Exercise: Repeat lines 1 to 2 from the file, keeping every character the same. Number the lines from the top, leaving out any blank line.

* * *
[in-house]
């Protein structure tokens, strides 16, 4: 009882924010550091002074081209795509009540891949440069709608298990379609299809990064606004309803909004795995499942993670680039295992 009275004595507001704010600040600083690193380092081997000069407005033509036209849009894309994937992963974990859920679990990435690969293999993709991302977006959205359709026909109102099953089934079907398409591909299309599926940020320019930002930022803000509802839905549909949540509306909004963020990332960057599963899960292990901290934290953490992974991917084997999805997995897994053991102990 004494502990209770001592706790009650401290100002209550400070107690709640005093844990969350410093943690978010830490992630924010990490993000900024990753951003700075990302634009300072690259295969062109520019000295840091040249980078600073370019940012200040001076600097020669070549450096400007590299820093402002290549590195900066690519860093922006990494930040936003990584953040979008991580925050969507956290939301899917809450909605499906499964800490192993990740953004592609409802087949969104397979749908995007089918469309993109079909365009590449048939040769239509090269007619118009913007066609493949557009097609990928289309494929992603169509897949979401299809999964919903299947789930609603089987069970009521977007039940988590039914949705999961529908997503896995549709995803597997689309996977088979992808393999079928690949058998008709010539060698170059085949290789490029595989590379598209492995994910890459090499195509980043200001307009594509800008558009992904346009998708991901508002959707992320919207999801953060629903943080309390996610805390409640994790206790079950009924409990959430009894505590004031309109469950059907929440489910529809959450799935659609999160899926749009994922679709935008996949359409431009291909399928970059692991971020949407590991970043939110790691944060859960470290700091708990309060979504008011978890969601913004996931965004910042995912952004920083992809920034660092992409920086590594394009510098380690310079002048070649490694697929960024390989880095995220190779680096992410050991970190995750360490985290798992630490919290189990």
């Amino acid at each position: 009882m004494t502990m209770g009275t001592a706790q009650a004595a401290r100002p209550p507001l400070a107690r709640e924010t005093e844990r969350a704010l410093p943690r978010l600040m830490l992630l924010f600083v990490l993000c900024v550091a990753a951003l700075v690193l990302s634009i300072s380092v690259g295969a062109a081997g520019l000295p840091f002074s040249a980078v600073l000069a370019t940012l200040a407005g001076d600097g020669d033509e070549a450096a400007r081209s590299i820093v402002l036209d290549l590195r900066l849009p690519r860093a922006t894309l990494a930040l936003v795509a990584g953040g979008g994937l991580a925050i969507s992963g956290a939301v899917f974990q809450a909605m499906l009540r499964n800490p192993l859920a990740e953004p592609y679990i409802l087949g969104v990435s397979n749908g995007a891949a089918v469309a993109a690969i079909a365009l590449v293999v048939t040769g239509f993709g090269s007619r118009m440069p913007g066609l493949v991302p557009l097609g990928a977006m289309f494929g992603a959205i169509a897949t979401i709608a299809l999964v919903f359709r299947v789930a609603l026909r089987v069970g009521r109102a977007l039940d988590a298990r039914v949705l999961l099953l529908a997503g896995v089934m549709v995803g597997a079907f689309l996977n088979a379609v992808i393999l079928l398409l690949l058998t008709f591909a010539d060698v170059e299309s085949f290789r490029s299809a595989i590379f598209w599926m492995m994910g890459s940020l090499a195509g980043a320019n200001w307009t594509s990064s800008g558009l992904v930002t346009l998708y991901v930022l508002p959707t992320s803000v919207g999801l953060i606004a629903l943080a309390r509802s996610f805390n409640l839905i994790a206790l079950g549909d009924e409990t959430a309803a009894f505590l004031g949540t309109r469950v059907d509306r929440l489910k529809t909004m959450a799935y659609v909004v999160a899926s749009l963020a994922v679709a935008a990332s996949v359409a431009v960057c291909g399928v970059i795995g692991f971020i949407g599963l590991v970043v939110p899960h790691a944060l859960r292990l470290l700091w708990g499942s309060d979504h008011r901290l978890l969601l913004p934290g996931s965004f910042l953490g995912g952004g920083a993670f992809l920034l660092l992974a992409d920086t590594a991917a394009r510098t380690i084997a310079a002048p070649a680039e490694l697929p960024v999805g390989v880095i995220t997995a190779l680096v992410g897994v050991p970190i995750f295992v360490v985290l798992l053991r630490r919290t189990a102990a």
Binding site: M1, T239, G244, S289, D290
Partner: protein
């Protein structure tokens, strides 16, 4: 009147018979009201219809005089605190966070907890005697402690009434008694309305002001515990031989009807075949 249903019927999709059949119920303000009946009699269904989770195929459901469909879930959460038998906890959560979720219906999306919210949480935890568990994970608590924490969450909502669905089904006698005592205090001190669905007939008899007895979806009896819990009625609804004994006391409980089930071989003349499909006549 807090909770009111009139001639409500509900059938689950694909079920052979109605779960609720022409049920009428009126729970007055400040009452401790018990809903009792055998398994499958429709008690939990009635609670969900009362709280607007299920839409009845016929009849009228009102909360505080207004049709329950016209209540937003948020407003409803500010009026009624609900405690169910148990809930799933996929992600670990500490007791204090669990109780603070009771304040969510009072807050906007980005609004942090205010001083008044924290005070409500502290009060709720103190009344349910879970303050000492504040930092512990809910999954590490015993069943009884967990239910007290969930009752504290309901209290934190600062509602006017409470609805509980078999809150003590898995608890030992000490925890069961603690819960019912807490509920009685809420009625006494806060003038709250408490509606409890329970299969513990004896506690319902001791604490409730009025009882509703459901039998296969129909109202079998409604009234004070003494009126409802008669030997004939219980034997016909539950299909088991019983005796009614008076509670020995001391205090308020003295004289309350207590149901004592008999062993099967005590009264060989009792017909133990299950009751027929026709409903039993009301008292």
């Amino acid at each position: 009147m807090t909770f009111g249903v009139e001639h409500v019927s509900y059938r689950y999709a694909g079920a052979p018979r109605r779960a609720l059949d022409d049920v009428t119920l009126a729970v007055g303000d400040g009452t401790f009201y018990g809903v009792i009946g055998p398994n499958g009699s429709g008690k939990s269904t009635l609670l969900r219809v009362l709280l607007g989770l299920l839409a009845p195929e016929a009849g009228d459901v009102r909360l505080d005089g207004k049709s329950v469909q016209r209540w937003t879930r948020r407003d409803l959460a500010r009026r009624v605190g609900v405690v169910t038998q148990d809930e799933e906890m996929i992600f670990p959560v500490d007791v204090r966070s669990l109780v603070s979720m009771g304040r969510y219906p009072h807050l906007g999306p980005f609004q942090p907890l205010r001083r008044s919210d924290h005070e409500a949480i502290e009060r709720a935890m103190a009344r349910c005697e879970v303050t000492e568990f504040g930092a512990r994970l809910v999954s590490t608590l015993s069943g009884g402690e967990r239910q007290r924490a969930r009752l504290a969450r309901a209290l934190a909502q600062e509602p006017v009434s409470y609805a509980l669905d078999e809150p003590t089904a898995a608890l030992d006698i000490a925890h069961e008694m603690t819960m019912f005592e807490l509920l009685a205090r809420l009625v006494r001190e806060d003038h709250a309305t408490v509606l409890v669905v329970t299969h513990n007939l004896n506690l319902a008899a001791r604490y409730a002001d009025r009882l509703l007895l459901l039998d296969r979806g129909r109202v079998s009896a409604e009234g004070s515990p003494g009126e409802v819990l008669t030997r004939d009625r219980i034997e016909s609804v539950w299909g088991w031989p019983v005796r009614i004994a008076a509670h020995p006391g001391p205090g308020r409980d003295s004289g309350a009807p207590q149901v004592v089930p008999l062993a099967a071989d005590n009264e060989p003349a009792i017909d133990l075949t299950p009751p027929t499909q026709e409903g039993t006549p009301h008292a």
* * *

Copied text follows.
[in-house]
């Protein structure tokens, strides 16, 4: 009882924010550091002074081209795509009540891949440069709608298990379609299809990064606004309803909004795995499942993670680039295992 009275004595507001704010600040600083690193380092081997000069407005033509036209849009894309994937992963974990859920679990990435690969293999993709991302977006959205359709026909109102099953089934079907398409591909299309599926940020320019930002930022803000509802839905549909949540509306909004963020990332960057599963899960292990901290934290953490992974991917084997999805997995897994053991102990 004494502990209770001592706790009650401290100002209550400070107690709640005093844990969350410093943690978010830490992630924010990490993000900024990753951003700075990302634009300072690259295969062109520019000295840091040249980078600073370019940012200040001076600097020669070549450096400007590299820093402002290549590195900066690519860093922006990494930040936003990584953040979008991580925050969507956290939301899917809450909605499906499964800490192993990740953004592609409802087949969104397979749908995007089918469309993109079909365009590449048939040769239509090269007619118009913007066609493949557009097609990928289309494929992603169509897949979401299809999964919903299947789930609603089987069970009521977007039940988590039914949705999961529908997503896995549709995803597997689309996977088979992808393999079928690949058998008709010539060698170059085949290789490029595989590379598209492995994910890459090499195509980043200001307009594509800008558009992904346009998708991901508002959707992320919207999801953060629903943080309390996610805390409640994790206790079950009924409990959430009894505590004031309109469950059907929440489910529809959450799935659609999160899926749009994922679709935008996949359409431009291909399928970059692991971020949407590991970043939110790691944060859960470290700091708990309060979504008011978890969601913004996931965004910042995912952004920083992809920034660092992409920086590594394009510098380690310079002048070649490694697929960024390989880095995220190779680096992410050991970190995750360490985290798992630490919290189990």